Governor’s Plan To Eliminate Oregon Department of Energy Is On Hold
Oregon Gov. Kate Brown’s proposal to eliminate the Oregon Department of Energy appears to be going nowhere. The Democrat had proposed in her budget to end funding for the agency, which was created in 1975.
Her idea was to roll many of its functions into a new agency called the Oregon Climate Authority. That agency would have managed the state’s clean energy strategies, including a possible new cap-and-trade program.
But Brown says the complicated nature of that cap-and-trade program, contained in House Bill 2020, has put the brakes on the Oregon Climate Authority.
“Given the dynamics around House Bill 2020 and what we were asking this new agency to do, I am still very focused on making sure that happens, (but) the timeline probably is a little bit longer than what I had originally hoped,” she said Thursday.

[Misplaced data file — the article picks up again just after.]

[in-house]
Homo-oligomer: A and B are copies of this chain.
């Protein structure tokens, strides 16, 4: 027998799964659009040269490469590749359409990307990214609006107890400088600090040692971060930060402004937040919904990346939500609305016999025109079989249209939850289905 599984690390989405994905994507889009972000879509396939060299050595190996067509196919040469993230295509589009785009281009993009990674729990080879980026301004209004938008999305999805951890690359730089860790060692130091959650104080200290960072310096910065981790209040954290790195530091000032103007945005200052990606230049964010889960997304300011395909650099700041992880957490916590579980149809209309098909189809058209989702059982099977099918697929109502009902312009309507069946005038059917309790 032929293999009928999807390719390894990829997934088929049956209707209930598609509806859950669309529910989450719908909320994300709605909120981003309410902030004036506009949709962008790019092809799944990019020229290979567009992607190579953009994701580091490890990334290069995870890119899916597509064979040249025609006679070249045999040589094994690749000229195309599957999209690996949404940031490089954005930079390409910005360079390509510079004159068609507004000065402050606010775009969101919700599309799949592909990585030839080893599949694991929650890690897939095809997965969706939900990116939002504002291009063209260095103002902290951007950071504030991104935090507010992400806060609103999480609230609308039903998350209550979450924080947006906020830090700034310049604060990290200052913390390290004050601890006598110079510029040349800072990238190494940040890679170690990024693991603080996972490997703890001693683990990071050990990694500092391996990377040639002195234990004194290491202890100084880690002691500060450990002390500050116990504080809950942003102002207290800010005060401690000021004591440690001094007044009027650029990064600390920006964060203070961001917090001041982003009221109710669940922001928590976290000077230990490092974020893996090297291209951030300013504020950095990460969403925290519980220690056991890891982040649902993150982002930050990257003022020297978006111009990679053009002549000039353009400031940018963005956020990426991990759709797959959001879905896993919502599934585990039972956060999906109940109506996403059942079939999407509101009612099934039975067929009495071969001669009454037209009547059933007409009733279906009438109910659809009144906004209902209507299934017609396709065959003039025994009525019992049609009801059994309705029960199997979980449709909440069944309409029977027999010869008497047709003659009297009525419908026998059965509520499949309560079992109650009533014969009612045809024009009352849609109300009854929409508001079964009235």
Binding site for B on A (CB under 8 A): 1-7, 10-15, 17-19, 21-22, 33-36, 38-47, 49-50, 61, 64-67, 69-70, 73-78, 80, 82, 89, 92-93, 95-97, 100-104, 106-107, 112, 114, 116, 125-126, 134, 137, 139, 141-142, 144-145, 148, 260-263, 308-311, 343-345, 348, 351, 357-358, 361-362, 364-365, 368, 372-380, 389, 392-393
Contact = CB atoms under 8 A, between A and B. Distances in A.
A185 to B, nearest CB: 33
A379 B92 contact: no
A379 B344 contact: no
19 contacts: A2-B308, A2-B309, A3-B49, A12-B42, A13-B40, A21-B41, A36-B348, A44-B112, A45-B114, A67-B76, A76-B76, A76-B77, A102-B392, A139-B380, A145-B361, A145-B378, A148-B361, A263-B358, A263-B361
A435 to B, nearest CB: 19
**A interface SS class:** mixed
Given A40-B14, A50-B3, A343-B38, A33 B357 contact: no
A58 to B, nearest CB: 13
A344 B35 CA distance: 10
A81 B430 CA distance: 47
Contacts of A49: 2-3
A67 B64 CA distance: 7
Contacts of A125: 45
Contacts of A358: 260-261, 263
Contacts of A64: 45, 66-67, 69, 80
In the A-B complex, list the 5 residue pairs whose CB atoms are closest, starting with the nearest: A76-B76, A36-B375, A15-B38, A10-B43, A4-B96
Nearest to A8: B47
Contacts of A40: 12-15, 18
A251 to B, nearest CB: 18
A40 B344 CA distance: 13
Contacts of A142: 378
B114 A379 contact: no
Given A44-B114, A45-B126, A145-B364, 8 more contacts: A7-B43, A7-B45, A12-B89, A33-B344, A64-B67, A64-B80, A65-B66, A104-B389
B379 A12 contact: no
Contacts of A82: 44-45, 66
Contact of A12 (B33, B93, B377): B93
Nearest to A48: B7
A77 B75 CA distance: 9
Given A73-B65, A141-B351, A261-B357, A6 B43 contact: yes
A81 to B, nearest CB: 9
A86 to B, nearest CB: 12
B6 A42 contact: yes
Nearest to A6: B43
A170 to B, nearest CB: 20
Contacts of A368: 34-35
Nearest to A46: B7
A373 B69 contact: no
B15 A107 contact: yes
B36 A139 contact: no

The cap and trade program could come up for a vote in the Oregon House as soon as Monday. That's after months of hearings, numerous amendments, and a several committee votes.
Meanwhile, a legislative budget panel is scheduled to vote Friday on a bill that would continue funding for the Oregon Department of Energy. That measure would require the agency to report back to the Ways and Means Committee during the February 2020 session. The report, according to a budget note, "should include an analysis of existing programs, the Department's key performance measures, (and) a review of agency administration."